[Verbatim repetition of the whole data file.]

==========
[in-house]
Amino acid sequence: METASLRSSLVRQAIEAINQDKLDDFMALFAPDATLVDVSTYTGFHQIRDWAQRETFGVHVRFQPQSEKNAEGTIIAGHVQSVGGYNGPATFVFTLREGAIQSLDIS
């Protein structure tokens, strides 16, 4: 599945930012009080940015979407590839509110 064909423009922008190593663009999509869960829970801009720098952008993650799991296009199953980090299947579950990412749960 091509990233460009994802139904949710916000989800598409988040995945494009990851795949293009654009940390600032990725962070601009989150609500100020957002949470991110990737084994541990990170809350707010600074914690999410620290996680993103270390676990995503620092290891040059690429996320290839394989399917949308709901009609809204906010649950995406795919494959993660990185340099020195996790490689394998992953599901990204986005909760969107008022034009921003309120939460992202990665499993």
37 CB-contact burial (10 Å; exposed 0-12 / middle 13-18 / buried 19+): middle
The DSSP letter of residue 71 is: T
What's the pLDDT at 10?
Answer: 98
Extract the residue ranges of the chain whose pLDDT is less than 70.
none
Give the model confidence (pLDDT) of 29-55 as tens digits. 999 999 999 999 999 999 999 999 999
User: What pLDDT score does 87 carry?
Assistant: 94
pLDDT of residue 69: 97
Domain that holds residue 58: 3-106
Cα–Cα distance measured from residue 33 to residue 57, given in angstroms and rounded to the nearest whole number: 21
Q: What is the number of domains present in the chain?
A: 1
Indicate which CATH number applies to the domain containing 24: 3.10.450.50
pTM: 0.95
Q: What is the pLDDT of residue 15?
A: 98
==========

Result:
[in-house]
Amino acid sequence: METASLRSSLVRQAIEAINQDKLDDFMALFAPDATLVDVSTYTGFHQIRDWAQRETFGVHVRFQPQSEKNAEGTIIAGHVQSVGGYNGPATFVFTLREGAIQSLDIS
């Protein structure tokens, strides 16, 4: 599945930012009080940015979407590839509110 064909423009922008190593663009999509869960829970801009720098952008993650799991296009199953980090299947579950990412749960 091509990233460009994802139904949710916000989800598409988040995945494009990851795949293009654009940390600032990725962070601009989150609500100020957002949470991110990737084994541990990170809350707010600074914690999410620290996680993103270390676990995503620092290891040059690429996320290839394989399917949308709901009609809204906010649950995406795919494959993660990185340099020195996790490689394998992953599901990204986005909760969107008022034009921003309120939460992202990665499993």
37 CB-contact burial (10 Å; exposed 0-12 / middle 13-18 / buried 19+): middle
The DSSP letter of residue 71 is: T
What's the pLDDT at 10?
Answer: 98
Extract the residue ranges of the chain whose pLDDT is less than 70.
none
Give the model confidence (pLDDT) of 29-55 as tens digits. 999 999 999 999 999 999 999 999 999
User: What pLDDT score does 87 carry?
Assistant: 94
pLDDT of residue 69: 97
Domain that holds residue 58: 3-106
Cα–Cα distance measured from residue 33 to residue 57, given in angstroms and rounded to the nearest whole number: 21
Q: What is the number of domains present in the chain?
A: 1
Indicate which CATH number applies to the domain containing 24: 3.10.450.50
pTM: 0.95
Q: What is the pLDDT of residue 15?
A: 98